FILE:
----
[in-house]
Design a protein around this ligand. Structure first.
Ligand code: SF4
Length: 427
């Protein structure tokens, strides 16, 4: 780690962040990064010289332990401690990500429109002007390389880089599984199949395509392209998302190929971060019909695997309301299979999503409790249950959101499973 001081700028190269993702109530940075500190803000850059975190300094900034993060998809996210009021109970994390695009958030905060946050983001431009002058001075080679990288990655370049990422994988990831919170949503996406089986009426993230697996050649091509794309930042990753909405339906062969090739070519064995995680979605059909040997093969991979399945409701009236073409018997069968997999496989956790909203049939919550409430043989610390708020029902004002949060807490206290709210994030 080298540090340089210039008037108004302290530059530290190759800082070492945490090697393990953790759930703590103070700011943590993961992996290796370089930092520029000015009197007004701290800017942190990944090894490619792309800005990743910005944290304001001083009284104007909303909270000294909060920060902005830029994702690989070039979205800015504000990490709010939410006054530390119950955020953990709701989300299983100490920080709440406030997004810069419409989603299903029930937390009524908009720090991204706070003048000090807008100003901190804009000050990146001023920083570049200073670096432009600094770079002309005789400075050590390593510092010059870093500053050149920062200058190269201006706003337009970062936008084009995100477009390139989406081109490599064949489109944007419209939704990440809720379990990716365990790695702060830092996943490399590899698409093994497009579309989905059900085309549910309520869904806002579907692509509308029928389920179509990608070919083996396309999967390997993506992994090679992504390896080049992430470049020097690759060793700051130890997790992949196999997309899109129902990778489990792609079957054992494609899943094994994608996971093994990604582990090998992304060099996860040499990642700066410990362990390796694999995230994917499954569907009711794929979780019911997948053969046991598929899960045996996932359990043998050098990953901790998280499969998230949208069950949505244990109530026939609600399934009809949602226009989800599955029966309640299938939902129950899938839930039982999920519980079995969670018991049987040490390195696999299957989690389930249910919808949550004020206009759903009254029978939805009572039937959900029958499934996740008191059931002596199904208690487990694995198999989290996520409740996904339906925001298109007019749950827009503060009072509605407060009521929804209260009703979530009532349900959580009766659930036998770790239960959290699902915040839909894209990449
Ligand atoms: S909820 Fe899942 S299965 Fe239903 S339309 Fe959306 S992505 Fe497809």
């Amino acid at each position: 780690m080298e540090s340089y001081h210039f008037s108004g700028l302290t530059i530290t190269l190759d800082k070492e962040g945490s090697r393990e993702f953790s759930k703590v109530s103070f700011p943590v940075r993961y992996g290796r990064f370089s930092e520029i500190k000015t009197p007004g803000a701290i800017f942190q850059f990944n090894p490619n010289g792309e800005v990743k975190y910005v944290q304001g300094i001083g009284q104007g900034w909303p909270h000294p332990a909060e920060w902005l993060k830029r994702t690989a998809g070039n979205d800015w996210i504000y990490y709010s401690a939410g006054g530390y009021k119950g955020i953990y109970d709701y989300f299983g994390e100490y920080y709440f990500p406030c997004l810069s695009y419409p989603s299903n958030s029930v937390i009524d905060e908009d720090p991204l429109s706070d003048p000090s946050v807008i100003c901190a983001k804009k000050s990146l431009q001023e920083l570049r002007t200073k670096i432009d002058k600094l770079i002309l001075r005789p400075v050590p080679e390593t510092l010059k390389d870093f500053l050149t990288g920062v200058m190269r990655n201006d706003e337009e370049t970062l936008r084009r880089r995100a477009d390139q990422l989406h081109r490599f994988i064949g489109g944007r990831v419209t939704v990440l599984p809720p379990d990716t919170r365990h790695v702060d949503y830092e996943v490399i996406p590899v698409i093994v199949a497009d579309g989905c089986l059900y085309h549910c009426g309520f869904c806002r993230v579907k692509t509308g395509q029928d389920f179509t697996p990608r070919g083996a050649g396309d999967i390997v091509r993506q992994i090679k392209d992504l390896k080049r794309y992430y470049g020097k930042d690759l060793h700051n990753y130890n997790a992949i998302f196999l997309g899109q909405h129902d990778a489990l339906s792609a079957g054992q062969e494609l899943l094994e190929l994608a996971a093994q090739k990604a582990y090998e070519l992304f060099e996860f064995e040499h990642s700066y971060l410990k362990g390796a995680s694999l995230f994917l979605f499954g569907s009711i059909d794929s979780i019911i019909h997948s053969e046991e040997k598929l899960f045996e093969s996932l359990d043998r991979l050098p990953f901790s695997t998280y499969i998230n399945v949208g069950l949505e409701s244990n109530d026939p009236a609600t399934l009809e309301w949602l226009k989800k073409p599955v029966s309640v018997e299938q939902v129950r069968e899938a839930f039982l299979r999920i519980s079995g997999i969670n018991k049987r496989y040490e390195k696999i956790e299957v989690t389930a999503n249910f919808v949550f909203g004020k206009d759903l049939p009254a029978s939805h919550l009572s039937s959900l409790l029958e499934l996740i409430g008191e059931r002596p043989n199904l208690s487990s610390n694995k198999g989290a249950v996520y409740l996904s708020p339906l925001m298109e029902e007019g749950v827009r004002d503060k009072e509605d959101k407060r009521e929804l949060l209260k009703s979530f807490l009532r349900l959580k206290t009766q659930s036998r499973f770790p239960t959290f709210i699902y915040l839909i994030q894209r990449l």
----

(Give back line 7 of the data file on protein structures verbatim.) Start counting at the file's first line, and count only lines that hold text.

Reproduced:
């Amino acid at each position: 780690m080298e540090s340089y001081h210039f008037s108004g700028l302290t530059i530290t190269l190759d800082k070492e962040g945490s090697r393990e993702f953790s759930k703590v109530s103070f700011p943590v940075r993961y992996g290796r990064f370089s930092e520029i500190k000015t009197p007004g803000a701290i800017f942190q850059f990944n090894p490619n010289g792309e800005v990743k975190y910005v944290q304001g300094i001083g009284q104007g900034w909303p909270h000294p332990a909060e920060w902005l993060k830029r994702t690989a998809g070039n979205d800015w996210i504000y990490y709010s401690a939410g006054g530390y009021k119950g955020i953990y109970d709701y989300f299983g994390e100490y920080y709440f990500p406030c997004l810069s695009y419409p989603s299903n958030s029930v937390i009524d905060e908009d720090p991204l429109s706070d003048p000090s946050v807008i100003c901190a983001k804009k000050s990146l431009q001023e920083l570049r002007t200073k670096i432009d002058k600094l770079i002309l001075r005789p400075v050590p080679e390593t510092l010059k390389d870093f500053l050149t990288g920062v200058m190269r990655n201006d706003e337009e370049t970062l936008r084009r880089r995100a477009d390139q990422l989406h081109r490599f994988i064949g489109g944007r990831v419209t939704v990440l599984p809720p379990d990716t919170r365990h790695v702060d949503y830092e996943v490399i996406p590899v698409i093994v199949a497009d579309g989905c089986l059900y085309h549910c009426g309520f869904c806002r993230v579907k692509t509308g395509q029928d389920f179509t697996p990608r070919g083996a050649g396309d999967i390997v091509r993506q992994i090679k392209d992504l390896k080049r794309y992430y470049g020097k930042d690759l060793h700051n990753y130890n997790a992949i998302f196999l997309g899109q909405h129902d990778a489990l339906s792609a079957g054992q062969e494609l899943l094994e190929l994608a996971a093994q090739k990604a582990y090998e070519l992304f060099e996860f064995e040499h990642s700066y971060l410990k362990g390796a995680s694999l995230f994917l979605f499954g569907s009711i059909d794929s979780i019911i019909h997948s053969e046991e040997k598929l899960f045996e093969s996932l359990d043998r991979l050098p990953f901790s695997t998280y499969i998230n399945v949208g069950l949505e409701s244990n109530d026939p009236a609600t399934l009809e309301w949602l226009k989800k073409p599955v029966s309640v018997e299938q939902v129950r069968e899938a839930f039982l299979r999920i519980s079995g997999i969670n018991k049987r496989y040490e390195k696999i956790e299957v989690t389930a999503n249910f919808v949550f909203g004020k206009d759903l049939p009254a029978s939805h919550l009572s039937s959900l409790l029958e499934l996740i409430g008191e059931r002596p043989n199904l208690s487990s610390n694995k198999g989290a249950v996520y409740l996904s708020p339906l925001m298109e029902e007019g749950v827009r004002d503060k009072e509605d959101k407060r009521e929804l949060l209260k009703s979530f807490l009532r349900l959580k206290t009766q659930s036998r499973f770790p239960t959290f709210i699902y915040l839909i994030q894209r990449l």